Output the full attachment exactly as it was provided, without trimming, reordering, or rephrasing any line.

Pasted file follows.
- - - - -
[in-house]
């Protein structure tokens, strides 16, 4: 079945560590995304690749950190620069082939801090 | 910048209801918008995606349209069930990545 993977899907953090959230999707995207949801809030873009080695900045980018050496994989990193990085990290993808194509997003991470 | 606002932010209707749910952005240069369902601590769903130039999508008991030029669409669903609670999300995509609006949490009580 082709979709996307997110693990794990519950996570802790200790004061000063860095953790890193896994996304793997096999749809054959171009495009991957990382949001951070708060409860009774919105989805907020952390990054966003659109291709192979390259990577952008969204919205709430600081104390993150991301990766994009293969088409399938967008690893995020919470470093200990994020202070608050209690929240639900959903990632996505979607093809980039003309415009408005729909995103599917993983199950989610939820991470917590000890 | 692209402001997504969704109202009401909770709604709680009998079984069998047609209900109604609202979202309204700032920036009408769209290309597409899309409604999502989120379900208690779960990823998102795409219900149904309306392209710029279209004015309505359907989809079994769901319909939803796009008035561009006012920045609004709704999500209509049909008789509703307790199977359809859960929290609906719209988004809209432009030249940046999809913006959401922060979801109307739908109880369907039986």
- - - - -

[in-house]
């Protein structure tokens, strides 16, 4: 079945560590995304690749950190620069082939801090 | 910048209801918008995606349209069930990545 993977899907953090959230999707995207949801809030873009080695900045980018050496994989990193990085990290993808194509997003991470 | 606002932010209707749910952005240069369902601590769903130039999508008991030029669409669903609670999300995509609006949490009580 082709979709996307997110693990794990519950996570802790200790004061000063860095953790890193896994996304793997096999749809054959171009495009991957990382949001951070708060409860009774919105989805907020952390990054966003659109291709192979390259990577952008969204919205709430600081104390993150991301990766994009293969088409399938967008690893995020919470470093200990994020202070608050209690929240639900959903990632996505979607093809980039003309415009408005729909995103599917993983199950989610939820991470917590000890 | 692209402001997504969704109202009401909770709604709680009998079984069998047609209900109604609202979202309204700032920036009408769209290309597409899309409604999502989120379900208690779960990823998102795409219900149904309306392209710029279209004015309505359907989809079994769901319909939803796009008035561009006012920045609004709704999500209509049909008789509703307790199977359809859960929290609906719209988004809209432009030249940046999809913006959401922060979801109307739908109880369907039986």